But like on the issue of trade and jobs, people here have fixated their hate on Hispanics, and Sessions is a leading “light” in that movement—if not the leader—and now he is the prospective Attorney General with all the power to carry out a policy based on lies, misinformation and his own special brand of racism. Sessions and his apologists may claim up and down that he is not racist against blacks, but you only have to be racist against one group to be a racist. And only a racist can throw out numbers that he should know are false to excite hate in others.
For example, in a speech at the Republican National Convention, Sessions proclaimed that “there are about 350,000 who succeed in crossing our borders each year.” His listeners undoubtedly believe the only “border” that matters is the one to the south. But like so many “statistics” quoted by extreme nativists and xenophobes (like Trump, Pat Buchanan, Anne Coulter and Michelle Malkin), Sessions quotes “facts” that either have no foundation in truth, or deliberately “misinterprets” them. The number he cites is from the Border Patrol’s number of apprehensions on the Mexican border, some 337,000 in 2015, a number that has been decreasing steadily since 2000. Since 2009, more immigrants leave the country (Mexico’s current unemployment rate is less than 5 percent) than enter.
Furthermore, the Border Patrol’s numbers indicate the number of failed attempts to enter the country, and include persons who attempted to enter the country more than once—again an indication of the success rate of the Border Patrol to apprehend illegal entrants. Yet we have the nation’s top law officer (if he is confirmed in the post) express his intent to base his actions on deliberately falsified information, which he will “justify” to himself based on his own prejudices and hate.
Sessions exposes his personal nativism and xenophobia by overlapping his illegal immigrant position into an anti-immigrant position generally. In an op-ed last year he wrote “Each year, the United States adds another million mostly low-wage permanent legal immigrants who can work, draw benefits and become voting citizens. Legal immigration is the primary source of low-wage immigration into the United States. In other words, as a matter of federal policy — which can be adjusted at any time — millions of low-wage foreign workers are legally made available to substitute for higher-paid Americans.” Again, as noted before, the ignorant are leading the blind here; immigrants are not to blame for low wages in this country, but on actions that date back to Reagan’s “supply-side” economic policies—policies that continue to be supported by Republican plantation masters like Sessions, with their fixation on the “Southern” model of economic “development.”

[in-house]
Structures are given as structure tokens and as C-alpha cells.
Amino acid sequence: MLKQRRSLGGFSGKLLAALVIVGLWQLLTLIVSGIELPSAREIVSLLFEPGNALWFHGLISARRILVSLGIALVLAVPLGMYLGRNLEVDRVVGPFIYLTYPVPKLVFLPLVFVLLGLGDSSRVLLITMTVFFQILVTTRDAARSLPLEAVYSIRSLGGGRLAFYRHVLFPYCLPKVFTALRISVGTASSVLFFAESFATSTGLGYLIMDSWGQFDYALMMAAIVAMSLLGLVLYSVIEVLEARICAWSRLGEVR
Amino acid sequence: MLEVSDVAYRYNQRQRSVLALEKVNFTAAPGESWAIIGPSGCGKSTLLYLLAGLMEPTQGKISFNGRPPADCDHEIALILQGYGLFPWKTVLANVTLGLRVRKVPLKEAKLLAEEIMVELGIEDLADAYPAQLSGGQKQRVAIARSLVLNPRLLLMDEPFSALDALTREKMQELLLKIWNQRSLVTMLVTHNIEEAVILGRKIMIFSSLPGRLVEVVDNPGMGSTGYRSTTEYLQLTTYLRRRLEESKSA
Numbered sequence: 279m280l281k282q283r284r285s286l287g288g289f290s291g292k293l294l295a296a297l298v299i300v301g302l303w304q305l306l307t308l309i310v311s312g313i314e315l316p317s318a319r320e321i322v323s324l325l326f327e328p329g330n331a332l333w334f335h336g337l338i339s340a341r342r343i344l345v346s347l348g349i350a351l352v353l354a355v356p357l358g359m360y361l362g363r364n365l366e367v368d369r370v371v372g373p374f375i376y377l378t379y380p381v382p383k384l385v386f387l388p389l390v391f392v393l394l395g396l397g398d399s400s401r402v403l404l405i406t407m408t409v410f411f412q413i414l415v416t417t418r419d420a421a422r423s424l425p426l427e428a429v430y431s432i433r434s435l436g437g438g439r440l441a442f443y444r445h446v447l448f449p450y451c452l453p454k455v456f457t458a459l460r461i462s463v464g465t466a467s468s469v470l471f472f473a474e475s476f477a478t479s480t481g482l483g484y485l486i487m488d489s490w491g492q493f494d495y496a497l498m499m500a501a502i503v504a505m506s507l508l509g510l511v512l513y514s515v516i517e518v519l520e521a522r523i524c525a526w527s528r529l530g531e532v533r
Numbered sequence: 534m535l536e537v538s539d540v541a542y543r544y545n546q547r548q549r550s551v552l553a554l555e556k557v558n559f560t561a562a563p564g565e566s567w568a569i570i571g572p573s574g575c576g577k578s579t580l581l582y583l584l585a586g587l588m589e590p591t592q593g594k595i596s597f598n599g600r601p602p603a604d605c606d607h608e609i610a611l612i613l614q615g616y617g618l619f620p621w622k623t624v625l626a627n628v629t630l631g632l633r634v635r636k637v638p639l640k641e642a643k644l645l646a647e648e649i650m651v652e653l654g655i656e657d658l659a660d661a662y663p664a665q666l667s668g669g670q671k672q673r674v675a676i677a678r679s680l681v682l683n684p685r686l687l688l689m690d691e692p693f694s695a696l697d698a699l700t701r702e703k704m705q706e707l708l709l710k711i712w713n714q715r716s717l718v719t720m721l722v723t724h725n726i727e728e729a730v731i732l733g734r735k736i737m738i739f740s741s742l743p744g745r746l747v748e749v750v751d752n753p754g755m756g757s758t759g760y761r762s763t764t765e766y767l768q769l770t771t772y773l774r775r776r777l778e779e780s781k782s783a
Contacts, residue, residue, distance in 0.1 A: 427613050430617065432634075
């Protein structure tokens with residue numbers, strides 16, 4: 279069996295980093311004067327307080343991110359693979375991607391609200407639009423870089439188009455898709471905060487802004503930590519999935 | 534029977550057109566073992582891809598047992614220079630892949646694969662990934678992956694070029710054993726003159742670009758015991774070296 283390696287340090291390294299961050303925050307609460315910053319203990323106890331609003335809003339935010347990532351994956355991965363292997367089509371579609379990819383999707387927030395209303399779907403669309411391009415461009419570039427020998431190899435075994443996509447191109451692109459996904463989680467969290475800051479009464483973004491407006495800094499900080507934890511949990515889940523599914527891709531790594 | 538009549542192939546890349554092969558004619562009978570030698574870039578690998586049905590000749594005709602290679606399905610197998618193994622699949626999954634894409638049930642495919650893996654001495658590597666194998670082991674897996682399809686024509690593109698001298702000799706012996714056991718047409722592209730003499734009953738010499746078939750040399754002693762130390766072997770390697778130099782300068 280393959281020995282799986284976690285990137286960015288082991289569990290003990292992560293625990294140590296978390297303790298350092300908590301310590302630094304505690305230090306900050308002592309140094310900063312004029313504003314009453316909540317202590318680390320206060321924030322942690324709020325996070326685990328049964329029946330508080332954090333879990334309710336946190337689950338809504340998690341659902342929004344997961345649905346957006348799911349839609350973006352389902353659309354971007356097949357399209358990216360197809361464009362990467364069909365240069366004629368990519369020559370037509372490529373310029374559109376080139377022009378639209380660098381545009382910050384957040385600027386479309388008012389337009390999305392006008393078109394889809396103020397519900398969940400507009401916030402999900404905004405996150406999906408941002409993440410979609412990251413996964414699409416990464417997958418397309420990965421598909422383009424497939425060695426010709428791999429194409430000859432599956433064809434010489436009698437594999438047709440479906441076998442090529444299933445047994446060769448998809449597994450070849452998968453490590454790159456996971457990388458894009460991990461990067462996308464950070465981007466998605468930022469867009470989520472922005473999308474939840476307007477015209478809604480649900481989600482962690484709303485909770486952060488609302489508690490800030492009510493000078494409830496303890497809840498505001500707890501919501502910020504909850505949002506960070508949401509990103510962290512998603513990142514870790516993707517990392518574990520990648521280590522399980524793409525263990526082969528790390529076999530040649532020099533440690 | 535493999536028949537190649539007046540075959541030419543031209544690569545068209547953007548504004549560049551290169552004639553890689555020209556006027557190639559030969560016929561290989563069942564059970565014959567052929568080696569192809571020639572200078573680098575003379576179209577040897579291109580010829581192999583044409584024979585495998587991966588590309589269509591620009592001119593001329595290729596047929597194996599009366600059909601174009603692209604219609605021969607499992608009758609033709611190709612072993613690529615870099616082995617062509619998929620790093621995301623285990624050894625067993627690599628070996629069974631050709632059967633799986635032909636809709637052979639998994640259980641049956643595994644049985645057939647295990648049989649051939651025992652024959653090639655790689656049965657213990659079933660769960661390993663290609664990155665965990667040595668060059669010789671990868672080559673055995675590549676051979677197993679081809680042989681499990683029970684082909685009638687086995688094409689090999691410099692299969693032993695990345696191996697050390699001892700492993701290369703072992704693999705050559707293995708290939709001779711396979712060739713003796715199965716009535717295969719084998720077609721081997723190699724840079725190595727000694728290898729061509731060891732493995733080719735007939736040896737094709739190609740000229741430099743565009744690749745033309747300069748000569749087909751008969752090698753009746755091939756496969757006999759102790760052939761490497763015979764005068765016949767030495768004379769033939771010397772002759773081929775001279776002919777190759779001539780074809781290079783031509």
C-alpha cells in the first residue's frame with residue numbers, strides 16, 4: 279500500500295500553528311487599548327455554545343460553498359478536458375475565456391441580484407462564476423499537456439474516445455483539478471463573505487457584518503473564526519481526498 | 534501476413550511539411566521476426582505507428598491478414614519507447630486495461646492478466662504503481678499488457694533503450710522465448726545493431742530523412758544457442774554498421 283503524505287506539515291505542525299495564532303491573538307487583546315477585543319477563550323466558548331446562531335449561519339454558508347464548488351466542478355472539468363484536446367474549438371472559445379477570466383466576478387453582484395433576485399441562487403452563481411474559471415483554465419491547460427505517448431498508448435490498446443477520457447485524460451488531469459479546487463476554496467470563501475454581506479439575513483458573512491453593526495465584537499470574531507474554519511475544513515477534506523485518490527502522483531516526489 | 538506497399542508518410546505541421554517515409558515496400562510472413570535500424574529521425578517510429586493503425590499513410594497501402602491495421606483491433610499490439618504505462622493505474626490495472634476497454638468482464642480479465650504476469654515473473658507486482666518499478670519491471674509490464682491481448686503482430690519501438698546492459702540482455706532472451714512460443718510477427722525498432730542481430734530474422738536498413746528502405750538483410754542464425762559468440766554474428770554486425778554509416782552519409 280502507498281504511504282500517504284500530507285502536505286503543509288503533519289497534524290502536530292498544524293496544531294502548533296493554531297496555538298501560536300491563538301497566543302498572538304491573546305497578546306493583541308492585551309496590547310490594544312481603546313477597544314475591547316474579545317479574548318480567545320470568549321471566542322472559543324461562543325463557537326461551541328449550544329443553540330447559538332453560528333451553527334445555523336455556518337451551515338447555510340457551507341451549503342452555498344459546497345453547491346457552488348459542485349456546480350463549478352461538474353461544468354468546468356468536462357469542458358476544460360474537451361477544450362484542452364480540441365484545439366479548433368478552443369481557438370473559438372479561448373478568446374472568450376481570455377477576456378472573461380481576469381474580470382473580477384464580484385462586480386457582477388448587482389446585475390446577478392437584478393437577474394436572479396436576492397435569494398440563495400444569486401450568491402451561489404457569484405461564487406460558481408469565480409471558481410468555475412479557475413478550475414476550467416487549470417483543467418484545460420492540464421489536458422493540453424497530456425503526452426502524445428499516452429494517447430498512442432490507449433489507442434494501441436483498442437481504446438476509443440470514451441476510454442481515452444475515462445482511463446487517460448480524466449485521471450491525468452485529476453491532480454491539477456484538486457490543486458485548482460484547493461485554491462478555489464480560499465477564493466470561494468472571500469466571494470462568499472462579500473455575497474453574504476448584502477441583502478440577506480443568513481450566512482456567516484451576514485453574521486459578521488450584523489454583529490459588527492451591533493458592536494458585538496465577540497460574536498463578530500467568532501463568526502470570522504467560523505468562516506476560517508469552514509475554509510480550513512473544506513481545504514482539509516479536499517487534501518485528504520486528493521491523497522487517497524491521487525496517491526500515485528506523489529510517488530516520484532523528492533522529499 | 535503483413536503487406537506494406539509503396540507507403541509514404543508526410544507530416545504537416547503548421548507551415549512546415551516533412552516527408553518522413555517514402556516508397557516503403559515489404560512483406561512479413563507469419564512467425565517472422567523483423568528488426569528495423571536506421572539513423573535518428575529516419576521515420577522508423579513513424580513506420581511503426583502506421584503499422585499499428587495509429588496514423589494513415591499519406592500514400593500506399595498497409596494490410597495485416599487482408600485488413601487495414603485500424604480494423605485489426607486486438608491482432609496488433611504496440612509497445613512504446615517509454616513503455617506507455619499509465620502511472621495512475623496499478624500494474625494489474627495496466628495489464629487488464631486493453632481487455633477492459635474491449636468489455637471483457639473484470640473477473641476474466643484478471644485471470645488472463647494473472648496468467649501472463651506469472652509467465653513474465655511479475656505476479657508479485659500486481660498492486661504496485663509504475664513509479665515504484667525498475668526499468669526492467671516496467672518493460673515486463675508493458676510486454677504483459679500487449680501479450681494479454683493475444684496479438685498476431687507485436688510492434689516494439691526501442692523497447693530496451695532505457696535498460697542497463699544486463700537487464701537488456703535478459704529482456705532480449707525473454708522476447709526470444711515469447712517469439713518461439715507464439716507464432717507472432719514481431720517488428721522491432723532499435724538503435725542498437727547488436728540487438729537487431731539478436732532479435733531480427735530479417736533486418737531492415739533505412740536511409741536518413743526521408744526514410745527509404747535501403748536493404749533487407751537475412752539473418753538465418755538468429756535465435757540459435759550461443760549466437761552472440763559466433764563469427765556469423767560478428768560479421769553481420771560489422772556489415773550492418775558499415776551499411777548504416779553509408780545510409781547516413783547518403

Jeff Sessions should not be confirmed as Attorney General if he cannot be the “impartial” judge of the country and its laws. That means that he has to base his actions on evidence and facts, not blatant falsehood that his own bigotry justifies. Based on his own rhetoric of blatant misinformation and racial paranoia, it is doubtful that he is suited for the position. Sessions nomination makes mock yet again Trump's claim that he wants to work for "all Americans."